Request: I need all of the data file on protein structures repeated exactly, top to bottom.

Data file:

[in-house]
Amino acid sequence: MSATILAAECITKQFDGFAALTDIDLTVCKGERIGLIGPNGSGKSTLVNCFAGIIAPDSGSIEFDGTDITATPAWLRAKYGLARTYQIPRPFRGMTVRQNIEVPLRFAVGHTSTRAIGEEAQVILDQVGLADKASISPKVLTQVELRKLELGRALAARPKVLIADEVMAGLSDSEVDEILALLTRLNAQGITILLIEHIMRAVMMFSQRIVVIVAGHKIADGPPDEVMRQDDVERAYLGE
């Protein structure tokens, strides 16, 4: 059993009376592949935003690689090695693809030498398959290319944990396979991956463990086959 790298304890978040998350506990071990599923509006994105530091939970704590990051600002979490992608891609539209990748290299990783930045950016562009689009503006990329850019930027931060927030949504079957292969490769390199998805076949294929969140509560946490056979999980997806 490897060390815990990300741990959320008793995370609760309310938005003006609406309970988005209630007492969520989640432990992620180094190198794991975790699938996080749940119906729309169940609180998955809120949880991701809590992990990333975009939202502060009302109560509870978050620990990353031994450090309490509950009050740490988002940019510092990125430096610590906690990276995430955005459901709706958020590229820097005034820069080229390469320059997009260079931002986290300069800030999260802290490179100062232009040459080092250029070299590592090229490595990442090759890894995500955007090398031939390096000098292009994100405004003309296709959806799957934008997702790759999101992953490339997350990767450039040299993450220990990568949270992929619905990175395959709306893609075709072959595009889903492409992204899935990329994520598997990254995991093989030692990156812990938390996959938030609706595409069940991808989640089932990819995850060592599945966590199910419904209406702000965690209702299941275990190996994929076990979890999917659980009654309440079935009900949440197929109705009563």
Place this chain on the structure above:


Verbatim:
[in-house]
Amino acid sequence: MSATILAAECITKQFDGFAALTDIDLTVCKGERIGLIGPNGSGKSTLVNCFAGIIAPDSGSIEFDGTDITATPAWLRAKYGLARTYQIPRPFRGMTVRQNIEVPLRFAVGHTSTRAIGEEAQVILDQVGLADKASISPKVLTQVELRKLELGRALAARPKVLIADEVMAGLSDSEVDEILALLTRLNAQGITILLIEHIMRAVMMFSQRIVVIVAGHKIADGPPDEVMRQDDVERAYLGE
């Protein structure tokens, strides 16, 4: 059993009376592949935003690689090695693809030498398959290319944990396979991956463990086959 790298304890978040998350506990071990599923509006994105530091939970704590990051600002979490992608891609539209990748290299990783930045950016562009689009503006990329850019930027931060927030949504079957292969490769390199998805076949294929969140509560946490056979999980997806 490897060390815990990300741990959320008793995370609760309310938005003006609406309970988005209630007492969520989640432990992620180094190198794991975790699938996080749940119906729309169940609180998955809120949880991701809590992990990333975009939202502060009302109560509870978050620990990353031994450090309490509950009050740490988002940019510092990125430096610590906690990276995430955005459901709706958020590229820097005034820069080229390469320059997009260079931002986290300069800030999260802290490179100062232009040459080092250029070299590592090229490595990442090759890894995500955007090398031939390096000098292009994100405004003309296709959806799957934008997702790759999101992953490339997350990767450039040299993450220990990568949270992929619905990175395959709306893609075709072959595009889903492409992204899935990329994520598997990254995991093989030692990156812990938390996959938030609706595409069940991808989640089932990819995850060592599945966590199910419904209406702000965690209702299941275990190996994929076990979890999917659980009654309440079935009900949440197929109705009563």
Place this chain on the structure above: